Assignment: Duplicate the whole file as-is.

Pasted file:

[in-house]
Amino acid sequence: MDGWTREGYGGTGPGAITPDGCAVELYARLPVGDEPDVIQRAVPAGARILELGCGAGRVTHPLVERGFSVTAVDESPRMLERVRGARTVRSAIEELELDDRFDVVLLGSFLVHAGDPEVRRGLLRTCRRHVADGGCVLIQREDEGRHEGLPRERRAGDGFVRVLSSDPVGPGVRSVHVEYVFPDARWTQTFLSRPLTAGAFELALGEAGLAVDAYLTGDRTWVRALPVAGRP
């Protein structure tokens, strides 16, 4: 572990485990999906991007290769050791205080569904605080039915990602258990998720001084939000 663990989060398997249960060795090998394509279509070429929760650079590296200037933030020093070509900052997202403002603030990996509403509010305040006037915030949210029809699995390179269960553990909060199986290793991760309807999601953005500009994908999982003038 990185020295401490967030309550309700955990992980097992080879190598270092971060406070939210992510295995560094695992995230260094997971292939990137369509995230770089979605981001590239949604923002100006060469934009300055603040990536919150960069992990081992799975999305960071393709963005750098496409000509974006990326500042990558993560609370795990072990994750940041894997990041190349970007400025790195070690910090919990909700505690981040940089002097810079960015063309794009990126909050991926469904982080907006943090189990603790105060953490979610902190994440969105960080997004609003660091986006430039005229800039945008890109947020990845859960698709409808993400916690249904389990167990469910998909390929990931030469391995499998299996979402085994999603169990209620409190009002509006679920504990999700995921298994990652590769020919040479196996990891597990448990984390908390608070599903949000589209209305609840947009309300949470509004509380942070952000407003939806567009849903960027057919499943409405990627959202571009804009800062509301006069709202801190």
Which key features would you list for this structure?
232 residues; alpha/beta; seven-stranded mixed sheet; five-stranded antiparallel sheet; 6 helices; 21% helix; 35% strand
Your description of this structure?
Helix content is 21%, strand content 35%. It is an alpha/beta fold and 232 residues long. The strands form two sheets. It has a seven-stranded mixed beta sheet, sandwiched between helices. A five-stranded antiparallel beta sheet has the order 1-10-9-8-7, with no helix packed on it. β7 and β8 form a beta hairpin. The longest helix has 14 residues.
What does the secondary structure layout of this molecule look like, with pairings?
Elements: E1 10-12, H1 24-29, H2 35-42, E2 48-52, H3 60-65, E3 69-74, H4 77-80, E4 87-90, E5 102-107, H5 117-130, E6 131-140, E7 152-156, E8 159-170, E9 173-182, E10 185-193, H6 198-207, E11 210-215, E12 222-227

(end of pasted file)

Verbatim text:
[in-house]
Amino acid sequence: MDGWTREGYGGTGPGAITPDGCAVELYARLPVGDEPDVIQRAVPAGARILELGCGAGRVTHPLVERGFSVTAVDESPRMLERVRGARTVRSAIEELELDDRFDVVLLGSFLVHAGDPEVRRGLLRTCRRHVADGGCVLIQREDEGRHEGLPRERRAGDGFVRVLSSDPVGPGVRSVHVEYVFPDARWTQTFLSRPLTAGAFELALGEAGLAVDAYLTGDRTWVRALPVAGRP
């Protein structure tokens, strides 16, 4: 572990485990999906991007290769050791205080569904605080039915990602258990998720001084939000 663990989060398997249960060795090998394509279509070429929760650079590296200037933030020093070509900052997202403002603030990996509403509010305040006037915030949210029809699995390179269960553990909060199986290793991760309807999601953005500009994908999982003038 990185020295401490967030309550309700955990992980097992080879190598270092971060406070939210992510295995560094695992995230260094997971292939990137369509995230770089979605981001590239949604923002100006060469934009300055603040990536919150960069992990081992799975999305960071393709963005750098496409000509974006990326500042990558993560609370795990072990994750940041894997990041190349970007400025790195070690910090919990909700505690981040940089002097810079960015063309794009990126909050991926469904982080907006943090189990603790105060953490979610902190994440969105960080997004609003660091986006430039005229800039945008890109947020990845859960698709409808993400916690249904389990167990469910998909390929990931030469391995499998299996979402085994999603169990209620409190009002509006679920504990999700995921298994990652590769020919040479196996990891597990448990984390908390608070599903949000589209209305609840947009309300949470509004509380942070952000407003939806567009849903960027057919499943409405990627959202571009804009800062509301006069709202801190």
Which key features would you list for this structure?
232 residues; alpha/beta; seven-stranded mixed sheet; five-stranded antiparallel sheet; 6 helices; 21% helix; 35% strand
Your description of this structure?
Helix content is 21%, strand content 35%. It is an alpha/beta fold and 232 residues long. The strands form two sheets. It has a seven-stranded mixed beta sheet, sandwiched between helices. A five-stranded antiparallel beta sheet has the order 1-10-9-8-7, with no helix packed on it. β7 and β8 form a beta hairpin. The longest helix has 14 residues.
What does the secondary structure layout of this molecule look like, with pairings?
Elements: E1 10-12, H1 24-29, H2 35-42, E2 48-52, H3 60-65, E3 69-74, H4 77-80, E4 87-90, E5 102-107, H5 117-130, E6 131-140, E7 152-156, E8 159-170, E9 173-182, E10 185-193, H6 198-207, E11 210-215, E12 222-227